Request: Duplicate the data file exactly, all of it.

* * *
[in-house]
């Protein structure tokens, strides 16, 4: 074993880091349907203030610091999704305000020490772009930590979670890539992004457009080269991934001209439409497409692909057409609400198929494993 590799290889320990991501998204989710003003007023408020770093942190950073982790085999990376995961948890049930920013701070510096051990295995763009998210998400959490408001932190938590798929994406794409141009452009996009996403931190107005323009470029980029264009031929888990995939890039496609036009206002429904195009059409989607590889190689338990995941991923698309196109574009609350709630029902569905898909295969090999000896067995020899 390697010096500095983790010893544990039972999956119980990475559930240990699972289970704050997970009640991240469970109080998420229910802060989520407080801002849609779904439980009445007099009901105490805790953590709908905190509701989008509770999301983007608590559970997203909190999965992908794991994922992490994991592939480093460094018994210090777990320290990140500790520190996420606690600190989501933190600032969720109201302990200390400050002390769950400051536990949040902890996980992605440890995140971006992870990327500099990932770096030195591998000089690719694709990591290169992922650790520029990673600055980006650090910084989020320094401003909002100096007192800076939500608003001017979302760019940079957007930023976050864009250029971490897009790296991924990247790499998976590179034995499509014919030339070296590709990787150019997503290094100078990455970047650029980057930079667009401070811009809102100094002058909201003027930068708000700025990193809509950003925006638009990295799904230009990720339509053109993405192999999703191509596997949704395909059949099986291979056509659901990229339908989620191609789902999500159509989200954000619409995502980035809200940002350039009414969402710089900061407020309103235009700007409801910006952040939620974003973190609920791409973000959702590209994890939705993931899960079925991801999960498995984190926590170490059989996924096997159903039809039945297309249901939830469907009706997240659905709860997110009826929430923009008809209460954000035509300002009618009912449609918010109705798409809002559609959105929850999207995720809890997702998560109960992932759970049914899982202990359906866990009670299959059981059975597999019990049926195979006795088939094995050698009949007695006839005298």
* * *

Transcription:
[in-house]
């Protein structure tokens, strides 16, 4: 074993880091349907203030610091999704305000020490772009930590979670890539992004457009080269991934001209439409497409692909057409609400198929494993 590799290889320990991501998204989710003003007023408020770093942190950073982790085999990376995961948890049930920013701070510096051990295995763009998210998400959490408001932190938590798929994406794409141009452009996009996403931190107005323009470029980029264009031929888990995939890039496609036009206002429904195009059409989607590889190689338990995941991923698309196109574009609350709630029902569905898909295969090999000896067995020899 390697010096500095983790010893544990039972999956119980990475559930240990699972289970704050997970009640991240469970109080998420229910802060989520407080801002849609779904439980009445007099009901105490805790953590709908905190509701989008509770999301983007608590559970997203909190999965992908794991994922992490994991592939480093460094018994210090777990320290990140500790520190996420606690600190989501933190600032969720109201302990200390400050002390769950400051536990949040902890996980992605440890995140971006992870990327500099990932770096030195591998000089690719694709990591290169992922650790520029990673600055980006650090910084989020320094401003909002100096007192800076939500608003001017979302760019940079957007930023976050864009250029971490897009790296991924990247790499998976590179034995499509014919030339070296590709990787150019997503290094100078990455970047650029980057930079667009401070811009809102100094002058909201003027930068708000700025990193809509950003925006638009990295799904230009990720339509053109993405192999999703191509596997949704395909059949099986291979056509659901990229339908989620191609789902999500159509989200954000619409995502980035809200940002350039009414969402710089900061407020309103235009700007409801910006952040939620974003973190609920791409973000959702590209994890939705993931899960079925991801999960498995984190926590170490059989996924096997159903039809039945297309249901939830469907009706997240659905709860997110009826929430923009008809209460954000035509300002009618009912449609918010109705798409809002559609959105929850999207995720809890997702998560109960992932759970049914899982202990359906866990009670299959059981059975597999019990049926195979006795088939094995050698009949007695006839005298």